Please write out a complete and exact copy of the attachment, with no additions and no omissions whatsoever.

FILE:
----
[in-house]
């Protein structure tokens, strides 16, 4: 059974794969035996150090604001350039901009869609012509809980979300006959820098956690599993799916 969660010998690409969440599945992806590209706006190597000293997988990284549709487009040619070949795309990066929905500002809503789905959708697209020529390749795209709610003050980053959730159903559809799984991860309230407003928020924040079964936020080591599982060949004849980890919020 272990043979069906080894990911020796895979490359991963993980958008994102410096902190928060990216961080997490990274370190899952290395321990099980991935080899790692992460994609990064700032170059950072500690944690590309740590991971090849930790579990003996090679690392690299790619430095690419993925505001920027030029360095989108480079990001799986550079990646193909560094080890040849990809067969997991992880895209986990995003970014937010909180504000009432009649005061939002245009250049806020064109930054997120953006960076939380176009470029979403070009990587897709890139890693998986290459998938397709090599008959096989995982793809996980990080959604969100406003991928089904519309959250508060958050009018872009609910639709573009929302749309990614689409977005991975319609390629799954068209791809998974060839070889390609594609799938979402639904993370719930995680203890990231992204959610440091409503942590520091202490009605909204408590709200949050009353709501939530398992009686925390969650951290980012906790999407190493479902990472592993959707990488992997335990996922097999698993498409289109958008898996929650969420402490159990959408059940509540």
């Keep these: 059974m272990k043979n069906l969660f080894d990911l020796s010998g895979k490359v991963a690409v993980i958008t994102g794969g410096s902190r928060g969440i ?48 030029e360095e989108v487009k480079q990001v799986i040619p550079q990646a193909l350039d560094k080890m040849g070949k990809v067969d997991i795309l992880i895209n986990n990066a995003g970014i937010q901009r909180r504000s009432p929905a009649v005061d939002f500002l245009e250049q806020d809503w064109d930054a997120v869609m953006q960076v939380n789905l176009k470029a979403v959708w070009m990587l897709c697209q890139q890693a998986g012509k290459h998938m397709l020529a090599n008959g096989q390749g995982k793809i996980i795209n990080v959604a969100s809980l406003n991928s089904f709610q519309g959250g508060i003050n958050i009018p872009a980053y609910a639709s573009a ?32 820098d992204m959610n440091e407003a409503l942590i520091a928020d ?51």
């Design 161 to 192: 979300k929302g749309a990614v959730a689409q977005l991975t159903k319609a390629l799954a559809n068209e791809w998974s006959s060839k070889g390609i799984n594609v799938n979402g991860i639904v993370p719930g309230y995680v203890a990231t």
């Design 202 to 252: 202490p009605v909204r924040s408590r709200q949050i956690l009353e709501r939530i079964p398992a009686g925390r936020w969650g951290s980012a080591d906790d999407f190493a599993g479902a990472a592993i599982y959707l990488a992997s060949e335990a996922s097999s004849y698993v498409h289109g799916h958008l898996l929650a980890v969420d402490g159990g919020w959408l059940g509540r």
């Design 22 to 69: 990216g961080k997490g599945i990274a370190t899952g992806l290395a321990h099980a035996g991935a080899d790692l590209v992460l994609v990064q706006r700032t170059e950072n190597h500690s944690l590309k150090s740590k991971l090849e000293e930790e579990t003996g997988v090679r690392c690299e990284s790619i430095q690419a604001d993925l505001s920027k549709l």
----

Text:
[in-house]
């Protein structure tokens, strides 16, 4: 059974794969035996150090604001350039901009869609012509809980979300006959820098956690599993799916 969660010998690409969440599945992806590209706006190597000293997988990284549709487009040619070949795309990066929905500002809503789905959708697209020529390749795209709610003050980053959730159903559809799984991860309230407003928020924040079964936020080591599982060949004849980890919020 272990043979069906080894990911020796895979490359991963993980958008994102410096902190928060990216961080997490990274370190899952290395321990099980991935080899790692992460994609990064700032170059950072500690944690590309740590991971090849930790579990003996090679690392690299790619430095690419993925505001920027030029360095989108480079990001799986550079990646193909560094080890040849990809067969997991992880895209986990995003970014937010909180504000009432009649005061939002245009250049806020064109930054997120953006960076939380176009470029979403070009990587897709890139890693998986290459998938397709090599008959096989995982793809996980990080959604969100406003991928089904519309959250508060958050009018872009609910639709573009929302749309990614689409977005991975319609390629799954068209791809998974060839070889390609594609799938979402639904993370719930995680203890990231992204959610440091409503942590520091202490009605909204408590709200949050009353709501939530398992009686925390969650951290980012906790999407190493479902990472592993959707990488992997335990996922097999698993498409289109958008898996929650969420402490159990959408059940509540």
């Keep these: 059974m272990k043979n069906l969660f080894d990911l020796s010998g895979k490359v991963a690409v993980i958008t994102g794969g410096s902190r928060g969440i ?48 030029e360095e989108v487009k480079q990001v799986i040619p550079q990646a193909l350039d560094k080890m040849g070949k990809v067969d997991i795309l992880i895209n986990n990066a995003g970014i937010q901009r909180r504000s009432p929905a009649v005061d939002f500002l245009e250049q806020d809503w064109d930054a997120v869609m953006q960076v939380n789905l176009k470029a979403v959708w070009m990587l897709c697209q890139q890693a998986g012509k290459h998938m397709l020529a090599n008959g096989q390749g995982k793809i996980i795209n990080v959604a969100s809980l406003n991928s089904f709610q519309g959250g508060i003050n958050i009018p872009a980053y609910a639709s573009a ?32 820098d992204m959610n440091e407003a409503l942590i520091a928020d ?51």
């Design 161 to 192: 979300k929302g749309a990614v959730a689409q977005l991975t159903k319609a390629l799954a559809n068209e791809w998974s006959s060839k070889g390609i799984n594609v799938n979402g991860i639904v993370p719930g309230y995680v203890a990231t």
């Design 202 to 252: 202490p009605v909204r924040s408590r709200q949050i956690l009353e709501r939530i079964p398992a009686g925390r936020w969650g951290s980012a080591d906790d999407f190493a599993g479902a990472a592993i599982y959707l990488a992997s060949e335990a996922s097999s004849y698993v498409h289109g799916h958008l898996l929650a980890v969420d402490g159990g919020w959408l059940g509540r």
């Design 22 to 69: 990216g961080k997490g599945i990274a370190t899952g992806l290395a321990h099980a035996g991935a080899d790692l590209v992460l994609v990064q706006r700032t170059e950072n190597h500690s944690l590309k150090s740590k991971l090849e000293e930790e579990t003996g997988v090679r690392c690299e990284s790619i430095q690419a604001d993925l505001s920027k549709l």